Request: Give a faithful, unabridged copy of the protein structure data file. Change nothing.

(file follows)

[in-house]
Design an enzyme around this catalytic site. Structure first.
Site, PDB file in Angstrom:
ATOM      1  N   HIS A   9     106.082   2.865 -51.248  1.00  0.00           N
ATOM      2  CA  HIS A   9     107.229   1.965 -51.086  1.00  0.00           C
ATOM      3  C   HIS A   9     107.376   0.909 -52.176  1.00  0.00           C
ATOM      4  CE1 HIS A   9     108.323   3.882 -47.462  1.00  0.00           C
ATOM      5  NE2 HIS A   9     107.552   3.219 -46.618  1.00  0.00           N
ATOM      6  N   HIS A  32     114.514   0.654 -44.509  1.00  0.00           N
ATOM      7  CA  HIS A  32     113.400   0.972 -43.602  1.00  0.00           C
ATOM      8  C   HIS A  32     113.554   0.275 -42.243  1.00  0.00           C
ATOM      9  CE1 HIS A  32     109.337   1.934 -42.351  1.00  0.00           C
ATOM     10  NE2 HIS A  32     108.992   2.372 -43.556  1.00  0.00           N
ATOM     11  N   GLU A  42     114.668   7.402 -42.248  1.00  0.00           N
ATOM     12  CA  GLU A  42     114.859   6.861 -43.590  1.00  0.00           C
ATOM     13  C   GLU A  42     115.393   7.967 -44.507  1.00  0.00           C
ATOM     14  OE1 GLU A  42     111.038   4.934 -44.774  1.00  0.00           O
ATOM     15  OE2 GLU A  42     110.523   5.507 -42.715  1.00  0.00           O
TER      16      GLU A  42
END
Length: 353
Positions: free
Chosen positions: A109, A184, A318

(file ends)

[in-house]
Design an enzyme around this catalytic site. Structure first.
Site, PDB file in Angstrom:
ATOM      1  N   HIS A   9     106.082   2.865 -51.248  1.00  0.00           N
ATOM      2  CA  HIS A   9     107.229   1.965 -51.086  1.00  0.00           C
ATOM      3  C   HIS A   9     107.376   0.909 -52.176  1.00  0.00           C
ATOM      4  CE1 HIS A   9     108.323   3.882 -47.462  1.00  0.00           C
ATOM      5  NE2 HIS A   9     107.552   3.219 -46.618  1.00  0.00           N
ATOM      6  N   HIS A  32     114.514   0.654 -44.509  1.00  0.00           N
ATOM      7  CA  HIS A  32     113.400   0.972 -43.602  1.00  0.00           C
ATOM      8  C   HIS A  32     113.554   0.275 -42.243  1.00  0.00           C
ATOM      9  CE1 HIS A  32     109.337   1.934 -42.351  1.00  0.00           C
ATOM     10  NE2 HIS A  32     108.992   2.372 -43.556  1.00  0.00           N
ATOM     11  N   GLU A  42     114.668   7.402 -42.248  1.00  0.00           N
ATOM     12  CA  GLU A  42     114.859   6.861 -43.590  1.00  0.00           C
ATOM     13  C   GLU A  42     115.393   7.967 -44.507  1.00  0.00           C
ATOM     14  OE1 GLU A  42     111.038   4.934 -44.774  1.00  0.00           O
ATOM     15  OE2 GLU A  42     110.523   5.507 -42.715  1.00  0.00           O
TER      16      GLU A  42
END
Length: 353
Positions: free
Chosen positions: A109, A184, A318